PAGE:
New international guidelines on treating PTSD

An international committee of experts, chaired by Professor Jonathan Bisson, developed the new International Society for Traumatic Stress Studies’ guidelines on the prevention and treatment of post-traumatic stress disorder (PTSD).

The committee was established in 2015 to update guidelines published in 2009 by reviewing the latest evidence from clinical research trials.

The guidelines are intended to assist clinicians providing prevention and treatment interventions for children, adolescents and adults with, or at risk of, developing PTSD.

Professor Julian Ford, ISTSS President, said, “The excellent work of the ISTSS Treatment Guidelines Committee will make a real difference to people affected by traumatic events.  It is great to see so many promising new interventions to prevent and treat PTSD. While, sadly, we are unable to prevent all traumatic events, we now have more tools to help people deal with the psychological impact of traumatic events effectively.”

Photograph of Prof Bisson and colleagues in Washington

Professor Bisson, Principal Investigator at Cardiff University’s Traumatic Stress Research Group said “Our review has identified a number of interventions with efficacy in the treatment of PTSD, demonstrating the breadth of clinical research in this area.  Face to face trauma-focused therapies continue to have the strongest evidence of effect but some innovative alternative treatments are also recommended.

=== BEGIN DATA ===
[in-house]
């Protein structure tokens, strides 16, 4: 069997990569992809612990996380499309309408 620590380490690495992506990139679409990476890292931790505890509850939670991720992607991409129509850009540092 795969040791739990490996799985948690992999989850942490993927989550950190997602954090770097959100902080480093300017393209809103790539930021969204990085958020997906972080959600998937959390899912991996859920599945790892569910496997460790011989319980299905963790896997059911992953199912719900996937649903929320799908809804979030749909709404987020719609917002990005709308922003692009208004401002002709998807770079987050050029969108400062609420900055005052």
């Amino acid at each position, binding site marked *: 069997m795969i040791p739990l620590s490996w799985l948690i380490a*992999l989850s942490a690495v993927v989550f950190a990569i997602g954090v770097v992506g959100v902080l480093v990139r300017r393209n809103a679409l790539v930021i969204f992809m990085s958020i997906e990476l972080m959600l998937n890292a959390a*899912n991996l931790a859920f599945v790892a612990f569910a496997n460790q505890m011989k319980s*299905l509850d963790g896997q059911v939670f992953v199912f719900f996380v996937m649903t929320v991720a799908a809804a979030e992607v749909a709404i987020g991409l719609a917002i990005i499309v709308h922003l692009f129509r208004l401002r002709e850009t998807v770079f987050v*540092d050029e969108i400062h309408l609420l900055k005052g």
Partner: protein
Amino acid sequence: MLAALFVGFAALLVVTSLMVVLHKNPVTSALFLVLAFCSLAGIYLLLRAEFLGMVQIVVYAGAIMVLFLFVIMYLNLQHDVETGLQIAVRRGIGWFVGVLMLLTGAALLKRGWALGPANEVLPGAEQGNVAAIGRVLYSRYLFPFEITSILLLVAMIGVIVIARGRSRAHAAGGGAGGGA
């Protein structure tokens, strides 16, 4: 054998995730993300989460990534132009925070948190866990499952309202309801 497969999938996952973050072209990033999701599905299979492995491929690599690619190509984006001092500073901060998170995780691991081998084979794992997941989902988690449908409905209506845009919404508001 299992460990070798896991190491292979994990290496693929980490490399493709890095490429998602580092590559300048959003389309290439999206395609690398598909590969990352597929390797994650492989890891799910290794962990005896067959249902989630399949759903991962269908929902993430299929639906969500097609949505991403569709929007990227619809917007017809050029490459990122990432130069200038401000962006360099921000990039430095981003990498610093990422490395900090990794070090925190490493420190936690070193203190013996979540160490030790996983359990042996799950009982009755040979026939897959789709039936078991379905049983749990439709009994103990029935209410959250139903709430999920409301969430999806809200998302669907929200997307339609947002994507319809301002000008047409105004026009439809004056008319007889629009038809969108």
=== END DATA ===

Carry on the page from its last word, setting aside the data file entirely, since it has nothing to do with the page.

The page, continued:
“For example, there is now enough evidence to recommend therapist-guided internet-based interventions using trauma focused cognitive behavioural therapy (CBT-T) approaches as treatment for adults with PTSD. While clinical trials are ongoing, the evidence so far suggests it could provide an effective and affordable treatment for single-trauma PTSD.”

Key evidence for this approach is from a trial conducted at Cardiff University and developed by Professor Bisson and colleagues at the National Centre for Mental Health. It involves giving people affected by PTSD access to an online platform where they can complete sessions in their own time, combined with regular guidance meetings with a therapist.

It is currently in a phase three clinical trial, and if it proves to be an effective treatment it could significantly shorten waiting times in the NHS and provide a model for treatment around the world.

The guidance also includes emerging non-pharmacological and non-psychological based treatments, such as transcranial magnetic stimulation, a non-invasive approach using magnetic fields to stimulate nerve cells in the brain, and yoga.

The new guidelines are available to download from the ISTSS website.

Paul Gauci

Paul is the communications manager at NCMH and Senior Communications Officer at Cardiff University's MRC Centre.

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